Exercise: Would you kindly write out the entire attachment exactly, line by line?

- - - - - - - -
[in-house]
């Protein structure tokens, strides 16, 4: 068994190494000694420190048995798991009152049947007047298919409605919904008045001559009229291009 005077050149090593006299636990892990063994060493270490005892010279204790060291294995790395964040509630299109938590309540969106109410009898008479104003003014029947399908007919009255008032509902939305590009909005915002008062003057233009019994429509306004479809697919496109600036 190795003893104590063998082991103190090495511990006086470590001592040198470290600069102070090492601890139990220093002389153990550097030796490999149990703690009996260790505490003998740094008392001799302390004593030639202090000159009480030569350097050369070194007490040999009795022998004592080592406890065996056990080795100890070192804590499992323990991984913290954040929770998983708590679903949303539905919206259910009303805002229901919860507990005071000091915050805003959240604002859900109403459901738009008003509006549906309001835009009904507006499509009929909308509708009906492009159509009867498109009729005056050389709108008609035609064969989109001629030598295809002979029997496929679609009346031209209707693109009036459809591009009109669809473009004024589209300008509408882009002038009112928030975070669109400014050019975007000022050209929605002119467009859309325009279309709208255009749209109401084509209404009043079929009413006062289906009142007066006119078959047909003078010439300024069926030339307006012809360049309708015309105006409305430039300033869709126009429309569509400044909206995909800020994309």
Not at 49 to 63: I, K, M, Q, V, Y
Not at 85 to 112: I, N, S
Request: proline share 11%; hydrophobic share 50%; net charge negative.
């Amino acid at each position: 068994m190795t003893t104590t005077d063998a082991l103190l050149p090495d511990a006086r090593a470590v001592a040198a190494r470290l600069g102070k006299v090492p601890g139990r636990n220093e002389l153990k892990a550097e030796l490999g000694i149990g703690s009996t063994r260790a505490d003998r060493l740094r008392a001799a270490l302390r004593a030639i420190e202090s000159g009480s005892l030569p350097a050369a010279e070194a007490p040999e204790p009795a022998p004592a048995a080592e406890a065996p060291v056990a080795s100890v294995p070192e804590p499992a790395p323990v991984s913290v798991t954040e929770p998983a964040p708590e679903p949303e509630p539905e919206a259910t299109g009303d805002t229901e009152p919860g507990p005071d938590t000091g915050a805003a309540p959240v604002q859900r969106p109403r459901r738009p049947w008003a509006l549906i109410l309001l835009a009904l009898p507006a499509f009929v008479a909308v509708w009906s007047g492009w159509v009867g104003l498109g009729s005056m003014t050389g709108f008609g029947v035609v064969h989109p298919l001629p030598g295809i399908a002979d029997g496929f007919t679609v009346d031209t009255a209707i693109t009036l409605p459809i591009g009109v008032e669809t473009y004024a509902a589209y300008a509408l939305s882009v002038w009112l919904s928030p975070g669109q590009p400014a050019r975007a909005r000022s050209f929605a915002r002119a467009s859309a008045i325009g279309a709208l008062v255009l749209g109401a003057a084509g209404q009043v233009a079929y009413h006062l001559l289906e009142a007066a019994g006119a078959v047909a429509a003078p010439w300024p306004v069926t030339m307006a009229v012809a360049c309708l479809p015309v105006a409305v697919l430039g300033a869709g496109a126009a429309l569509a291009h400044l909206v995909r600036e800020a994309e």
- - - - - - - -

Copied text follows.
[in-house]
């Protein structure tokens, strides 16, 4: 068994190494000694420190048995798991009152049947007047298919409605919904008045001559009229291009 005077050149090593006299636990892990063994060493270490005892010279204790060291294995790395964040509630299109938590309540969106109410009898008479104003003014029947399908007919009255008032509902939305590009909005915002008062003057233009019994429509306004479809697919496109600036 190795003893104590063998082991103190090495511990006086470590001592040198470290600069102070090492601890139990220093002389153990550097030796490999149990703690009996260790505490003998740094008392001799302390004593030639202090000159009480030569350097050369070194007490040999009795022998004592080592406890065996056990080795100890070192804590499992323990991984913290954040929770998983708590679903949303539905919206259910009303805002229901919860507990005071000091915050805003959240604002859900109403459901738009008003509006549906309001835009009904507006499509009929909308509708009906492009159509009867498109009729005056050389709108008609035609064969989109001629030598295809002979029997496929679609009346031209209707693109009036459809591009009109669809473009004024589209300008509408882009002038009112928030975070669109400014050019975007000022050209929605002119467009859309325009279309709208255009749209109401084509209404009043079929009413006062289906009142007066006119078959047909003078010439300024069926030339307006012809360049309708015309105006409305430039300033869709126009429309569509400044909206995909800020994309």
Not at 49 to 63: I, K, M, Q, V, Y
Not at 85 to 112: I, N, S
Request: proline share 11%; hydrophobic share 50%; net charge negative.
């Amino acid at each position: 068994m190795t003893t104590t005077d063998a082991l103190l050149p090495d511990a006086r090593a470590v001592a040198a190494r470290l600069g102070k006299v090492p601890g139990r636990n220093e002389l153990k892990a550097e030796l490999g000694i149990g703690s009996t063994r260790a505490d003998r060493l740094r008392a001799a270490l302390r004593a030639i420190e202090s000159g009480s005892l030569p350097a050369a010279e070194a007490p040999e204790p009795a022998p004592a048995a080592e406890a065996p060291v056990a080795s100890v294995p070192e804590p499992a790395p323990v991984s913290v798991t954040e929770p998983a964040p708590e679903p949303e509630p539905e919206a259910t299109g009303d805002t229901e009152p919860g507990p005071d938590t000091g915050a805003a309540p959240v604002q859900r969106p109403r459901r738009p049947w008003a509006l549906i109410l309001l835009a009904l009898p507006a499509f009929v008479a909308v509708w009906s007047g492009w159509v009867g104003l498109g009729s005056m003014t050389g709108f008609g029947v035609v064969h989109p298919l001629p030598g295809i399908a002979d029997g496929f007919t679609v009346d031209t009255a209707i693109t009036l409605p459809i591009g009109v008032e669809t473009y004024a509902a589209y300008a509408l939305s882009v002038w009112l919904s928030p975070g669109q590009p400014a050019r975007a909005r000022s050209f929605a915002r002119a467009s859309a008045i325009g279309a709208l008062v255009l749209g109401a003057a084509g209404q009043v233009a079929y009413h006062l001559l289906e009142a007066a019994g006119a078959v047909a429509a003078p010439w300024p306004v069926t030339m307006a009229v012809a360049c309708l479809p015309v105006a409305v697919l430039g300033a869709g496109a126009a429309l569509a291009h400044l909206v995909r600036e800020a994309e």